Probably something Freudian in there, the thought of all those dirt-cheap bodies and necks GFS is selling just appealed to the cheapskate in me, irresistably, so now I've got major mission creep. Question is, do I build the Neo-Stratocaster pup mule first, or wind the new pups (probably Firebird ones) and put them in R. Stratenstein, restoring his old configuration? Heck of it is, I'm not completely sure the Strat pickguard I've got will fit the GFS body--it says double cutaway, and looks close, but some of those factory closeout bodies clearly ain't Strat "tribute" bodies.


    Yeah, who is it that has probably my favorite signature line here on the Forum, "Yet another hobby completely out of control"-?? Profound words of wisdom and self-evaluation, I say.

    I appreciate you documenting the new hot Fbird pup wind, if you would, I'd also appreciate your listing the parts, and sources for them. Last night I looked on Mojotone and found the no-hole mini-humbucker pup covers, but wasn't sure the sizes, magnet alnico types, etc.

    I'm gonna go down tonight and see if I can wire up the Hall trigger for the OK-1, will document, and post.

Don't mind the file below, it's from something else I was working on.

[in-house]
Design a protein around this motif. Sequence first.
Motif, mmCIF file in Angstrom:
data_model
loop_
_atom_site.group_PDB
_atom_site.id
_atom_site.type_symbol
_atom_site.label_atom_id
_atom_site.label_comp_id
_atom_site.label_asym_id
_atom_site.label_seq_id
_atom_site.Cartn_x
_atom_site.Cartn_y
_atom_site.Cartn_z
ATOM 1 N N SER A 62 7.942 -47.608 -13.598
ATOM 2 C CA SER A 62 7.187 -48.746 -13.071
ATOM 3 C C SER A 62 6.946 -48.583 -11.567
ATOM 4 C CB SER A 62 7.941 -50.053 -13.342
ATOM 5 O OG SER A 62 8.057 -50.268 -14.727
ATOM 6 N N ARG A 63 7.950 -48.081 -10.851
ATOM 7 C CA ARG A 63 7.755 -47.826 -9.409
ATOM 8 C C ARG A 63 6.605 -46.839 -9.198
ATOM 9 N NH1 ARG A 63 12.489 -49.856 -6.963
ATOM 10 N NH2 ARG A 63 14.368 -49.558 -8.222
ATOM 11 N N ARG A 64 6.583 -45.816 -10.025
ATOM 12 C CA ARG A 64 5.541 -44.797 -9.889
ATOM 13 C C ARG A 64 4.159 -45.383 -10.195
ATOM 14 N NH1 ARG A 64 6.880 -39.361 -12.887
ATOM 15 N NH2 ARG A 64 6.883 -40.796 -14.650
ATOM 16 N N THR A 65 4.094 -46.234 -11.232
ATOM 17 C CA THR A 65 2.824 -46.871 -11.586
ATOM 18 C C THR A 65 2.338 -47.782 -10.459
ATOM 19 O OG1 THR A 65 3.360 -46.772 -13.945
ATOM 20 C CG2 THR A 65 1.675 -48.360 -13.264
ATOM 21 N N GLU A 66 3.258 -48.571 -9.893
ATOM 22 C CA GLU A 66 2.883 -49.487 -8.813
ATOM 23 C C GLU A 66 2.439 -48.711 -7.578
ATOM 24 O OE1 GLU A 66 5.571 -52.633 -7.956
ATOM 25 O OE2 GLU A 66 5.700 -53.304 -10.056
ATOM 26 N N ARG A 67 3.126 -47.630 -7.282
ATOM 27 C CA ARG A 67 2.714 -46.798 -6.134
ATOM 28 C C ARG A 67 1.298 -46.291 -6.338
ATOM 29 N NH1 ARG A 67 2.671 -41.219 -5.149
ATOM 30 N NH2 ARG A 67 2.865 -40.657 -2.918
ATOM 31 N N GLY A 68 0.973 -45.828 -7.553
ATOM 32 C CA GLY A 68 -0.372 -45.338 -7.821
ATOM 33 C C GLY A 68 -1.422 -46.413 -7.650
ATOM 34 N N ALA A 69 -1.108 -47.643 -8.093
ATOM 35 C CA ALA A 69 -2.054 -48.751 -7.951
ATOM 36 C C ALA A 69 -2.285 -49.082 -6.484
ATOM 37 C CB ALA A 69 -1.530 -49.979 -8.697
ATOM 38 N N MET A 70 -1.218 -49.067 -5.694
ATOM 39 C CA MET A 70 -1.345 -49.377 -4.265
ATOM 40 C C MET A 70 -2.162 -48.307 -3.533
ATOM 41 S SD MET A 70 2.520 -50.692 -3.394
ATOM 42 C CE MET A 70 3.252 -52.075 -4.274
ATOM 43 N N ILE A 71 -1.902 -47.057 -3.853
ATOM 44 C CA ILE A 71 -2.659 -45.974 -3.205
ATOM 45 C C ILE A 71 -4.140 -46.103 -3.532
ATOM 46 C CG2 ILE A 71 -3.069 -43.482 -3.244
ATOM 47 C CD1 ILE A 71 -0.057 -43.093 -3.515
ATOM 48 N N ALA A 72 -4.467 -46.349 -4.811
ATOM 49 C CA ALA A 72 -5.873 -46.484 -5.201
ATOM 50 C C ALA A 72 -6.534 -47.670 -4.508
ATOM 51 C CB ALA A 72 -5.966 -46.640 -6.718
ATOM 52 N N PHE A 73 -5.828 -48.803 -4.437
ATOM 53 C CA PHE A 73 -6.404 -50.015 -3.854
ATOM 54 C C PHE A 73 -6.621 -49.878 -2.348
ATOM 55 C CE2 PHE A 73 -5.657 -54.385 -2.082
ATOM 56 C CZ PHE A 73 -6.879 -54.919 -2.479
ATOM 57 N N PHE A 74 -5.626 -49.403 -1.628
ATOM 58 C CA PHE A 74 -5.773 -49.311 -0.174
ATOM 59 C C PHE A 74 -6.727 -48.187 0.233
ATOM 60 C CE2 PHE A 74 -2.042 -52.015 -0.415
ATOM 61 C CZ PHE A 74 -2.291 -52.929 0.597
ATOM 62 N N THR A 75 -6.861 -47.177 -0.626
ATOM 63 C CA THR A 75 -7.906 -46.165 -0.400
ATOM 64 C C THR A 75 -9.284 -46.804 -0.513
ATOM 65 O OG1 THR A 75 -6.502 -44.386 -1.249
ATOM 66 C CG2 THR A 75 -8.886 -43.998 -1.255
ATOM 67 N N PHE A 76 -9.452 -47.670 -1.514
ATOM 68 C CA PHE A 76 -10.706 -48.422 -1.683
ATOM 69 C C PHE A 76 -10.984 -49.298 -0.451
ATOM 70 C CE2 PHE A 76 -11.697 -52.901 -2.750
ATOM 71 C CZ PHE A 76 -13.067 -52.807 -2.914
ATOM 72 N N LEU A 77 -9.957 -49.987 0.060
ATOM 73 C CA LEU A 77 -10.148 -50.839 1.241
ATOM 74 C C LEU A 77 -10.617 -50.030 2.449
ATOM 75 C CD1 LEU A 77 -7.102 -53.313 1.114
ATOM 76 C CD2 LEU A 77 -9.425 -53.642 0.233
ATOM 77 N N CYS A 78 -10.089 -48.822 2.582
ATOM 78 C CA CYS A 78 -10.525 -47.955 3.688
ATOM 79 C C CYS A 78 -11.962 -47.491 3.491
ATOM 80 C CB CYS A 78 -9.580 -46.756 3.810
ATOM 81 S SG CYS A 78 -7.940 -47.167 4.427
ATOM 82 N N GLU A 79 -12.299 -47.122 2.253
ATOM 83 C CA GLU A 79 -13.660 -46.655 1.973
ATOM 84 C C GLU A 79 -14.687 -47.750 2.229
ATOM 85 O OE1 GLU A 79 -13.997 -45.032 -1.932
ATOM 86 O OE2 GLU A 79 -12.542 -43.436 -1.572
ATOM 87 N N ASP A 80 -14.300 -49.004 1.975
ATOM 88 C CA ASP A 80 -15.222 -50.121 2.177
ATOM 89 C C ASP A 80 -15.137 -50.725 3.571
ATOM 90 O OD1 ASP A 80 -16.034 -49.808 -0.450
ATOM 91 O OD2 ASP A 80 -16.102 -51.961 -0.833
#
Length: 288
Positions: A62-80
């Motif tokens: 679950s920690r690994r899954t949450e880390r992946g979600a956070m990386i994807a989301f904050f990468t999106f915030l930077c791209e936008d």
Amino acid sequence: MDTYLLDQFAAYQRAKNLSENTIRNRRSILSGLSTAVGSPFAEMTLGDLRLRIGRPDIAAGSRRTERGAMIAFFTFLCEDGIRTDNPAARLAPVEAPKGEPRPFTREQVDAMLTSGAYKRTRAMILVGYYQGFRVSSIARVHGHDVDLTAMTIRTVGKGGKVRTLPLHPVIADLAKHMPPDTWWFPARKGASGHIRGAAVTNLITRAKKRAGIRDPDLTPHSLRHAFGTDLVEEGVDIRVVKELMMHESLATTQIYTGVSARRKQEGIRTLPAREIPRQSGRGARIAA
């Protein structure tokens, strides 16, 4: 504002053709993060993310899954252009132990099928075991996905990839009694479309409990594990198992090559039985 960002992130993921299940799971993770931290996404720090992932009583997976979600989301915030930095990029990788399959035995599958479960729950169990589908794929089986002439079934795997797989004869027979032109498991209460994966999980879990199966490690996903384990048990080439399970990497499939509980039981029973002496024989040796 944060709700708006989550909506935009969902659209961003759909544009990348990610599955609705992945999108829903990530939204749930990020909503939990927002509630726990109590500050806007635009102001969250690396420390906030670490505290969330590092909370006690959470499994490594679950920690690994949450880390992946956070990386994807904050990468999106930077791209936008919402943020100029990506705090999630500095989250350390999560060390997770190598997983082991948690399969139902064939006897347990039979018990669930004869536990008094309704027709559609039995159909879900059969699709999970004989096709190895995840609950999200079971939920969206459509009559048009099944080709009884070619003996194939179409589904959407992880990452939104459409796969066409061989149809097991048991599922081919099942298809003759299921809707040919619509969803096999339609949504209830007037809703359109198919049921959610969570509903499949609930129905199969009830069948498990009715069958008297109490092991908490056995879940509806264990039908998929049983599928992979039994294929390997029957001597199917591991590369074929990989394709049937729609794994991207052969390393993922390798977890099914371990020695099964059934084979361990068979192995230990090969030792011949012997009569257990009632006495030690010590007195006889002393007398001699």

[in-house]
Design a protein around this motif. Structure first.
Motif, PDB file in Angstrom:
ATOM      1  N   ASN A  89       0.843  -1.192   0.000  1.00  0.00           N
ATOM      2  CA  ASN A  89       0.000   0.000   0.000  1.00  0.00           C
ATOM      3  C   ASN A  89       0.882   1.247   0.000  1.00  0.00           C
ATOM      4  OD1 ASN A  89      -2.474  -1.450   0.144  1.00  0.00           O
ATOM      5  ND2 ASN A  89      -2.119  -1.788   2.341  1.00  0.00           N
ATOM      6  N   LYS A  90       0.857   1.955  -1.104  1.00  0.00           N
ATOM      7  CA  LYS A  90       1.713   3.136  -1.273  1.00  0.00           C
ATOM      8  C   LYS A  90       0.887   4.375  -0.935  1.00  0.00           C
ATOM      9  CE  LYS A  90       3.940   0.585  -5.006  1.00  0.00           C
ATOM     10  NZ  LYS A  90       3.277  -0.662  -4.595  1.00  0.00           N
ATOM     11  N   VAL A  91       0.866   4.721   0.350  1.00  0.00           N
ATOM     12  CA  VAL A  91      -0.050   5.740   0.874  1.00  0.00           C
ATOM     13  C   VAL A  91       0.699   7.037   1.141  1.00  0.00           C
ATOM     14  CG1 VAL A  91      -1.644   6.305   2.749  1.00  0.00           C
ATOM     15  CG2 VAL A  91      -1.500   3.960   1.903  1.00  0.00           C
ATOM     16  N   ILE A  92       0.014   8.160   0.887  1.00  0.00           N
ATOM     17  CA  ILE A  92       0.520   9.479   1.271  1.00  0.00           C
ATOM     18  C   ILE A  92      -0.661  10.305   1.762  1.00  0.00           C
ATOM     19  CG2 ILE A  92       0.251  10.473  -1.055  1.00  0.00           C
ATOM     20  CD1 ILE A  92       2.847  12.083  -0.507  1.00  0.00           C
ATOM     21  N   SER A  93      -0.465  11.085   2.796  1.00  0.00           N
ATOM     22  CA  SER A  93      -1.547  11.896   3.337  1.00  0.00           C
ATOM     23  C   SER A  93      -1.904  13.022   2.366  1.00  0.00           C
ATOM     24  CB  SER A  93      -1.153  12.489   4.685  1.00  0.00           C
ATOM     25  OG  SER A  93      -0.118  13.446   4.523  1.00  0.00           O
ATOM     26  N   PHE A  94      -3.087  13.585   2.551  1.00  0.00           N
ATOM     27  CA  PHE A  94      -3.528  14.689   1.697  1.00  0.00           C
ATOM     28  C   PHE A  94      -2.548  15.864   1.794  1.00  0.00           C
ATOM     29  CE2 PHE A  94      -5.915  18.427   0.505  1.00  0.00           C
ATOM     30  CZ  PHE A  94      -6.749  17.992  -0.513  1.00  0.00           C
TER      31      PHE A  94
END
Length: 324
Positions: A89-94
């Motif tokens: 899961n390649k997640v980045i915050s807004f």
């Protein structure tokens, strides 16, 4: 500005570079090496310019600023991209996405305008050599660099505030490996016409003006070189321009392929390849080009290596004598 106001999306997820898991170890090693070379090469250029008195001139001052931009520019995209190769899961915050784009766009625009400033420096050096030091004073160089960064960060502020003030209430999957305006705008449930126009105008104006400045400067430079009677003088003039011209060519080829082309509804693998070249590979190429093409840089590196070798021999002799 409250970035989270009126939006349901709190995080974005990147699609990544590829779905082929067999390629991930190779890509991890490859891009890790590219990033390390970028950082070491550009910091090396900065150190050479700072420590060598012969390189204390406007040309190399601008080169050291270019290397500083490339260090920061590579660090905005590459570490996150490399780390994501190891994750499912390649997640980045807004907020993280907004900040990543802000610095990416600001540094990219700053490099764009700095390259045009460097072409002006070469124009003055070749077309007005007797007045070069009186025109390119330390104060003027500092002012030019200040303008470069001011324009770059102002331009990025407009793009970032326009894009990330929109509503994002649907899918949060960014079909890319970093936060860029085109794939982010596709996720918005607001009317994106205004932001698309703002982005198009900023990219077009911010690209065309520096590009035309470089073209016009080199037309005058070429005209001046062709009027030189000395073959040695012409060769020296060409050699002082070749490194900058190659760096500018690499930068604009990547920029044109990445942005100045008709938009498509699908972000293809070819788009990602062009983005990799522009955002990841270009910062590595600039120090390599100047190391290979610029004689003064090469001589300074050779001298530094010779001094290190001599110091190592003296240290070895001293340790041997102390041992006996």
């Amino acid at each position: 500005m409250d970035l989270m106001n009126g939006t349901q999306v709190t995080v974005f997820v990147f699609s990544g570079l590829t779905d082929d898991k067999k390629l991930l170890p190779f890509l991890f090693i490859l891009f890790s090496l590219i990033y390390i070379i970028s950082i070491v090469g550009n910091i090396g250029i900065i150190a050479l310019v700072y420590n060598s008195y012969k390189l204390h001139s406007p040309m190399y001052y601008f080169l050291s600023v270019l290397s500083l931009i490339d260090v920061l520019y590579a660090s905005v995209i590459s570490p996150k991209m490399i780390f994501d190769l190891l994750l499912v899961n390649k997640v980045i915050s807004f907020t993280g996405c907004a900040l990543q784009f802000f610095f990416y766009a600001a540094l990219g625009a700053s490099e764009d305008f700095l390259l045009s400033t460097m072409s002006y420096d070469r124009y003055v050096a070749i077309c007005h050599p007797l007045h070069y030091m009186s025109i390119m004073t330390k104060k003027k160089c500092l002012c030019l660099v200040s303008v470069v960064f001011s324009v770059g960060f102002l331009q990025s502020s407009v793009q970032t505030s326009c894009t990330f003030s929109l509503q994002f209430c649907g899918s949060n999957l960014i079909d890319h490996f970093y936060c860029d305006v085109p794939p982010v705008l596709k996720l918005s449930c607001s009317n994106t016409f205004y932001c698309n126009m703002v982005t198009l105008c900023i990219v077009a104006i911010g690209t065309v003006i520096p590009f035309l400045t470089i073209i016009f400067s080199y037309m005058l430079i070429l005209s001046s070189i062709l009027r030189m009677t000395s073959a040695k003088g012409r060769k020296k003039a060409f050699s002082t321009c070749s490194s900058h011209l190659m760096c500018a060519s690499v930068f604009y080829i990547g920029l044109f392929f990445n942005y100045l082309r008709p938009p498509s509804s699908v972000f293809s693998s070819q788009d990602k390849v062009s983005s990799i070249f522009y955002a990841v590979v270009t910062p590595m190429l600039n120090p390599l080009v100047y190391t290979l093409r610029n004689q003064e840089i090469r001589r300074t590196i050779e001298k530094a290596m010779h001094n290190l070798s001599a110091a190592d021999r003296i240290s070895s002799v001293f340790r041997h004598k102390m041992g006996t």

19. Barncaster

    Barncaster Doctor of Teleocity

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    Hey Rick,

    Will do on the Firebird info for the build. Can't wait to see the Hall effect trigger!

    Rob
     
  20. R. Stratenstein

    R. Stratenstein Doctor of Teleocity Ad Free Member

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    Hall Effect Counter Trigger

    Well, had a go at implementing a Hall Effect (non-mechanical magnetic switch) sensing for a CUB type counter on my pickup winder.

    Overall, I'd call it a success! :D

    Here's how it went:

    First had to remove the old opto-electrical sensor from the perf board. I re-used the perf board to mount the Hall effect sensor.

    Here's the old sensor mounted on the winder motor support:

    [​IMG][/IMG]

    Here it is off, and ready to de-solder:

    [​IMG][/IMG]

    Removed from the perfboard, no damage done, I hope, but if so, I've got two more of them to play with:

    [​IMG][/IMG]

    I had drawn a diagram of the old / new wiring that had to be done. It was very simple. The main change was to combine the - power and the common lead from the Cub counter, connecting them to the same leg of the sensor.